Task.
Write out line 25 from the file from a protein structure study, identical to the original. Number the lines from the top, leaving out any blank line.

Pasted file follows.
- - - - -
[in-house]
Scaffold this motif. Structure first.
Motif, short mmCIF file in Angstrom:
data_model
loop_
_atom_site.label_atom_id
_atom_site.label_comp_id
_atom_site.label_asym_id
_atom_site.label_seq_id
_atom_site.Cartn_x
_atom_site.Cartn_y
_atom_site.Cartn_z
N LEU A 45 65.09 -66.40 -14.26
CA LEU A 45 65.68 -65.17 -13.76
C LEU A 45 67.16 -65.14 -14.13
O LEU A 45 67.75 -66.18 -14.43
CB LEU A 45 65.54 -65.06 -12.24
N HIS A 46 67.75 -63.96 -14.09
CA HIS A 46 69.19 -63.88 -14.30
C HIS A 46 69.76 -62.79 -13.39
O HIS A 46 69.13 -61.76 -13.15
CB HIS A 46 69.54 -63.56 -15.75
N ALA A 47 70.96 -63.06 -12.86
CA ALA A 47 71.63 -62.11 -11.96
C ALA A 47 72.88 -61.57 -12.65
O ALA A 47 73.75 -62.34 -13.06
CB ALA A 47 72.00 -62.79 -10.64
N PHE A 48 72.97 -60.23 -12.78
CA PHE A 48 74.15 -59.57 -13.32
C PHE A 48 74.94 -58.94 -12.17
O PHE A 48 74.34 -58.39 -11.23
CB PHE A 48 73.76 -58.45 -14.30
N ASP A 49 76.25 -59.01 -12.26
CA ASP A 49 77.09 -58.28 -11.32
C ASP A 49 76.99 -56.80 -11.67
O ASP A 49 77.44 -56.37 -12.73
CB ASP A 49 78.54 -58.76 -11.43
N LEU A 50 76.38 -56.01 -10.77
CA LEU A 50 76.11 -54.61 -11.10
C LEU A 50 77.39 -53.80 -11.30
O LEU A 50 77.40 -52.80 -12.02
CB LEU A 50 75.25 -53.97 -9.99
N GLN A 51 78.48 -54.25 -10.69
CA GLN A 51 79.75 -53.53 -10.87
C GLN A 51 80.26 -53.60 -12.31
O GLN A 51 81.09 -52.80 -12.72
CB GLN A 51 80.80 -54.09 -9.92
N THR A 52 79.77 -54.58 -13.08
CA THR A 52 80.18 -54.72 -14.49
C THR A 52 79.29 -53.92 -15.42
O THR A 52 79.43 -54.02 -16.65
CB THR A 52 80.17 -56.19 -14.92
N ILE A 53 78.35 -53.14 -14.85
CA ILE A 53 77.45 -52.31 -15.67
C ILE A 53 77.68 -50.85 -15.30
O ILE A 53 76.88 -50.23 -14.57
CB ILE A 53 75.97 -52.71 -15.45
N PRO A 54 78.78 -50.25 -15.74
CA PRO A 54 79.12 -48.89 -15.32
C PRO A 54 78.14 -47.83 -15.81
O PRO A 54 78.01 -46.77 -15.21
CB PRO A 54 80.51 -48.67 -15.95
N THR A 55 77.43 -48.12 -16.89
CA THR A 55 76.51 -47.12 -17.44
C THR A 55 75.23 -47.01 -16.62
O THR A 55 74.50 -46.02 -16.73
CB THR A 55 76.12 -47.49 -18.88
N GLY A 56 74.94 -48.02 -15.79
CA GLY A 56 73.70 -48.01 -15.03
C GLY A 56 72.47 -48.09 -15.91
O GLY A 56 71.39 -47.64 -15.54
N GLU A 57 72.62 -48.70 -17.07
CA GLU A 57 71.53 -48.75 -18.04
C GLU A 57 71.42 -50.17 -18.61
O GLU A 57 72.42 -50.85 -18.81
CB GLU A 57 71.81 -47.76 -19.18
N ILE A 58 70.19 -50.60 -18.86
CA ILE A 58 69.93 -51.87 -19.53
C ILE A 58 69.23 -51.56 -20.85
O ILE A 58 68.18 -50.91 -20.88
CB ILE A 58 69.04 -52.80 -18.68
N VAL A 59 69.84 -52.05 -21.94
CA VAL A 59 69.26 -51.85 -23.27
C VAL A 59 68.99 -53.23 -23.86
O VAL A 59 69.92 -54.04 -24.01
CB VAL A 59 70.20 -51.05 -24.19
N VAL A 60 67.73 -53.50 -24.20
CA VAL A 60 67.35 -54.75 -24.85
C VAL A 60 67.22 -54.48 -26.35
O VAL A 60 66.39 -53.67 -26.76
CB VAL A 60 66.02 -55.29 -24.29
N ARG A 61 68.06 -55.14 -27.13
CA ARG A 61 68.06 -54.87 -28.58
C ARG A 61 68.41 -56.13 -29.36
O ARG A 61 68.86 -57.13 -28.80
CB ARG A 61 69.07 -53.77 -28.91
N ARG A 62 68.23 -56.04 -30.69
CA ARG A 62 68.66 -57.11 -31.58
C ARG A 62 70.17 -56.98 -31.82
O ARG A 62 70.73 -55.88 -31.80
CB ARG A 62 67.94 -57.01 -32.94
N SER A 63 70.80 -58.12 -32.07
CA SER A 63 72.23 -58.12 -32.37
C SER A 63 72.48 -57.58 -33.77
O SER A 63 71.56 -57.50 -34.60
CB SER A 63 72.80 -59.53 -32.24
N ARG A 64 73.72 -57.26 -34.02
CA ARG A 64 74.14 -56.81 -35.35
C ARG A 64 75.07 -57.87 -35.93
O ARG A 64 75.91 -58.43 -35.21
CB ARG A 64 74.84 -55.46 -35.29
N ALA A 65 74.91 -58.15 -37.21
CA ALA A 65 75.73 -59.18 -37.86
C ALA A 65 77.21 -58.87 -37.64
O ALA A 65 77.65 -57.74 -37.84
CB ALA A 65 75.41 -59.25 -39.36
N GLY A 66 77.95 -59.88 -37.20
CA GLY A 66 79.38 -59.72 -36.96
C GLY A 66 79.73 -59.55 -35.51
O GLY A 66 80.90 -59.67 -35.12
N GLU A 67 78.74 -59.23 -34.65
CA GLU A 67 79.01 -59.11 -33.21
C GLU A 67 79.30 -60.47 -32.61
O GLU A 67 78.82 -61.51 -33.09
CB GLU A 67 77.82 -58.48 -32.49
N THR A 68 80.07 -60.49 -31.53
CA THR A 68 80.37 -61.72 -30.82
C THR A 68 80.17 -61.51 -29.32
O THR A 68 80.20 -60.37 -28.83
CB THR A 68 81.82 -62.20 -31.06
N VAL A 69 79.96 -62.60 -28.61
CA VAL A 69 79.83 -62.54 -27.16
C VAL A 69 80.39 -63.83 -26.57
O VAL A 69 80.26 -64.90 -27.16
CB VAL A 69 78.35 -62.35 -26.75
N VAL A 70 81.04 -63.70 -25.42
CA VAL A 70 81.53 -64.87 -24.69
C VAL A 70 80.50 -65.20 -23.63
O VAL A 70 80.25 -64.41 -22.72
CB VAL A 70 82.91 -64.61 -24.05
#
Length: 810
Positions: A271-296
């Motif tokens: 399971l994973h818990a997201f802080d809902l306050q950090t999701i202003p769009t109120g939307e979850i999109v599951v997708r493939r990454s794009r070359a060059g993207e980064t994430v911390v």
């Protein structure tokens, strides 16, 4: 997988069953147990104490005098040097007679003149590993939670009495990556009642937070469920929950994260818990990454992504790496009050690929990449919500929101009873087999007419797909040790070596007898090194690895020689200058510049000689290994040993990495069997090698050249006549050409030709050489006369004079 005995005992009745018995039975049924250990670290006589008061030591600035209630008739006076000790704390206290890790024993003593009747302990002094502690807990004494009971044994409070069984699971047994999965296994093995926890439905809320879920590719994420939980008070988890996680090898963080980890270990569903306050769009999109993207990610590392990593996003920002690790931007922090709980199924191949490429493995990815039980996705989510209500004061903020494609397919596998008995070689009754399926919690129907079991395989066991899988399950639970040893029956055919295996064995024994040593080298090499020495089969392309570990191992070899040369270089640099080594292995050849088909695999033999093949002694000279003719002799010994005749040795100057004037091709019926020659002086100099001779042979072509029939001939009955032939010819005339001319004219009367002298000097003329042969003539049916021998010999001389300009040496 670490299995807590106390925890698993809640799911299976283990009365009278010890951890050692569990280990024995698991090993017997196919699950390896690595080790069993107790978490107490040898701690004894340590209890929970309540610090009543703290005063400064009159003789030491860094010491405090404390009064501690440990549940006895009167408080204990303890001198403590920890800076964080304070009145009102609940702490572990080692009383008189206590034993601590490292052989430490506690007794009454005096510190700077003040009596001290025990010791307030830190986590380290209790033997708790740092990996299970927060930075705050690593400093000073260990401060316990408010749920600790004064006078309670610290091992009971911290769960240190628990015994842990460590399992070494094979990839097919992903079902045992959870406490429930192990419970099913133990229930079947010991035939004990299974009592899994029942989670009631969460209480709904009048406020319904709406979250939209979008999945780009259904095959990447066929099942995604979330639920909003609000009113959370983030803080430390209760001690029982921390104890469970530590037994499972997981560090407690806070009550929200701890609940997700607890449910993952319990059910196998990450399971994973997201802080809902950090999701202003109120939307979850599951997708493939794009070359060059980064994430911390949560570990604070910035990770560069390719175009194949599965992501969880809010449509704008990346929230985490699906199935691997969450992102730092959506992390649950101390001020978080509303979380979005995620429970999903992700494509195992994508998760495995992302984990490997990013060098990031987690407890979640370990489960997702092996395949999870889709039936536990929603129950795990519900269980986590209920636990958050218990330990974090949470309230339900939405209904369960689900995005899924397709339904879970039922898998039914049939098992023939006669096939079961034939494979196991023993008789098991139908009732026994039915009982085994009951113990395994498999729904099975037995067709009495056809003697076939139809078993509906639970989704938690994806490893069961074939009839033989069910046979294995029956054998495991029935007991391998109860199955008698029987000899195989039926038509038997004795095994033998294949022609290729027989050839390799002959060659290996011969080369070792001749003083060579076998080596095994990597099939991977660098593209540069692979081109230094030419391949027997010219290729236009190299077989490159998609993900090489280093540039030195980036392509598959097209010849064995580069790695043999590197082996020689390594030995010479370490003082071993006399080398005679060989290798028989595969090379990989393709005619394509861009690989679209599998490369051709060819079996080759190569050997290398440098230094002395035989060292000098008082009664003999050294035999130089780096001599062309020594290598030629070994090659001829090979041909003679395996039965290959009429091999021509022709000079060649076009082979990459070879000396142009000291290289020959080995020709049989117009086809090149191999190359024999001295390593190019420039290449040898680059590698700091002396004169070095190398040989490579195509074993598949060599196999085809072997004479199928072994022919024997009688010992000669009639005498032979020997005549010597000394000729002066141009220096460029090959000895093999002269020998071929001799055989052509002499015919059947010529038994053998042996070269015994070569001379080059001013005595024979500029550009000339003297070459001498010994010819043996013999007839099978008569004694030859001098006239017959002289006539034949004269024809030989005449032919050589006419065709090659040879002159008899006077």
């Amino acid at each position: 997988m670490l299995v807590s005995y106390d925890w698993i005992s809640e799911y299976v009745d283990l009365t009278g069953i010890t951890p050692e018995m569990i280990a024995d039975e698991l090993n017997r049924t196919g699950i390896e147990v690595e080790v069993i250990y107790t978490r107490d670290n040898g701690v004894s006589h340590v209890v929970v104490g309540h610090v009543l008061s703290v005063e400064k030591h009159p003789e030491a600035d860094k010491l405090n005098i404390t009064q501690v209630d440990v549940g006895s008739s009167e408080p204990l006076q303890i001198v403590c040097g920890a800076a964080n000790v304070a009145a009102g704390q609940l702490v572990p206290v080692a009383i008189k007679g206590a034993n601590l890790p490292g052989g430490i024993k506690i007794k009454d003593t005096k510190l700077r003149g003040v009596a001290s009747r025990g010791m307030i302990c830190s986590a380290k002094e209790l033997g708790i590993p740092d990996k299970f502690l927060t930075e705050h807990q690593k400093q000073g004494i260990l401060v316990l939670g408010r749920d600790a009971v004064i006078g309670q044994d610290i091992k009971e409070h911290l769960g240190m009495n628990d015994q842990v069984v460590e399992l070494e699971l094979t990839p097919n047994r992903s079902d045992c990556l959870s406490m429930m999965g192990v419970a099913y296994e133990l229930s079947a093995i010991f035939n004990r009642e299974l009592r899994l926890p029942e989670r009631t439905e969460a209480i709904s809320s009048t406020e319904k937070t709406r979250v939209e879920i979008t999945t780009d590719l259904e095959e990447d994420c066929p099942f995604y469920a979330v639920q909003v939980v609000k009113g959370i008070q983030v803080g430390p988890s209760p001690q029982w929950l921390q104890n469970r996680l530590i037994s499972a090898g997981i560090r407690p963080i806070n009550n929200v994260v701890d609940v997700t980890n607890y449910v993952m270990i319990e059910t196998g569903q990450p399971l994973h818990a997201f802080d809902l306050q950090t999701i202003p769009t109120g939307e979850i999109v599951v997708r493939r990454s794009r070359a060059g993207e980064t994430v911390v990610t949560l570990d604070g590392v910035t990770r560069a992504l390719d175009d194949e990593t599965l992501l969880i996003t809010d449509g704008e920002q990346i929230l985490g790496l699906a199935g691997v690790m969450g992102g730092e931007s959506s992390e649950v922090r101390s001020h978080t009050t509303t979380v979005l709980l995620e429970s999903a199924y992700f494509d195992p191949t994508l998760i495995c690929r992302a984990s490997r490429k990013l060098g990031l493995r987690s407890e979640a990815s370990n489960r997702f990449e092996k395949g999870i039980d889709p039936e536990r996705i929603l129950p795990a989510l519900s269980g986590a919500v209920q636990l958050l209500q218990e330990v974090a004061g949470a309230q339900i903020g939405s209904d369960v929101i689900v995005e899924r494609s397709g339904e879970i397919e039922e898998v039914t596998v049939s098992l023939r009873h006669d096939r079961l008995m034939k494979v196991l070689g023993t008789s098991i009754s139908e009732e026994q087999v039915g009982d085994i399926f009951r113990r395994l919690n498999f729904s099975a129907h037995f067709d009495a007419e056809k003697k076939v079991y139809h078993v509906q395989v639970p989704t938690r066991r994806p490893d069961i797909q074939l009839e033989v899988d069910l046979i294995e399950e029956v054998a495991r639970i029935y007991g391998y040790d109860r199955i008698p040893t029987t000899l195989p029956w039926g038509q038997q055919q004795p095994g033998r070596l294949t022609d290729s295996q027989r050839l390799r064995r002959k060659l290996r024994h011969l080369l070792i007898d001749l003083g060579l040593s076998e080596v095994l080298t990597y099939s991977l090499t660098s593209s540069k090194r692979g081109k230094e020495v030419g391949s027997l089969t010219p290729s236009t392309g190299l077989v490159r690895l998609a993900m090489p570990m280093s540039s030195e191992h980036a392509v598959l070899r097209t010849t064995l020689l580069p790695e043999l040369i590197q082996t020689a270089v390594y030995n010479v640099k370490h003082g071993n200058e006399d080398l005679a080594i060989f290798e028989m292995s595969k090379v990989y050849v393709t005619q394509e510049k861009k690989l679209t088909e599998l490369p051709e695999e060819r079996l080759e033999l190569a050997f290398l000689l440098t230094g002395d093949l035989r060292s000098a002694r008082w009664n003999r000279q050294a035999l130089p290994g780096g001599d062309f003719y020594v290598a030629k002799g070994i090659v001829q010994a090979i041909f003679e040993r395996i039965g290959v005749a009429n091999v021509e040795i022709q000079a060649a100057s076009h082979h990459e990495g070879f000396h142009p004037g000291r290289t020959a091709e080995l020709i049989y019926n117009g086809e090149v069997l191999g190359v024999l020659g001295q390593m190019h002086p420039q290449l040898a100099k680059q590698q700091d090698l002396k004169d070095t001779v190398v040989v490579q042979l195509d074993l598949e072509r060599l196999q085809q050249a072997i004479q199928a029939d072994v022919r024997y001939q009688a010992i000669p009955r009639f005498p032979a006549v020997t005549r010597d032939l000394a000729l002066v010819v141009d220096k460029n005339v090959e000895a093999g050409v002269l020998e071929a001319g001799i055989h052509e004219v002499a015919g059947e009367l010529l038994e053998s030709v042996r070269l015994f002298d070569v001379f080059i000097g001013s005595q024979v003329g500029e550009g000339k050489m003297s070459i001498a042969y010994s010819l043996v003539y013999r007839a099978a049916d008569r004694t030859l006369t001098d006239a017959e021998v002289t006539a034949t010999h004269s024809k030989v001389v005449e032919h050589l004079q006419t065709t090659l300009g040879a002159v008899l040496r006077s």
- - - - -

C ALA A 47 72.88 -61.57 -12.65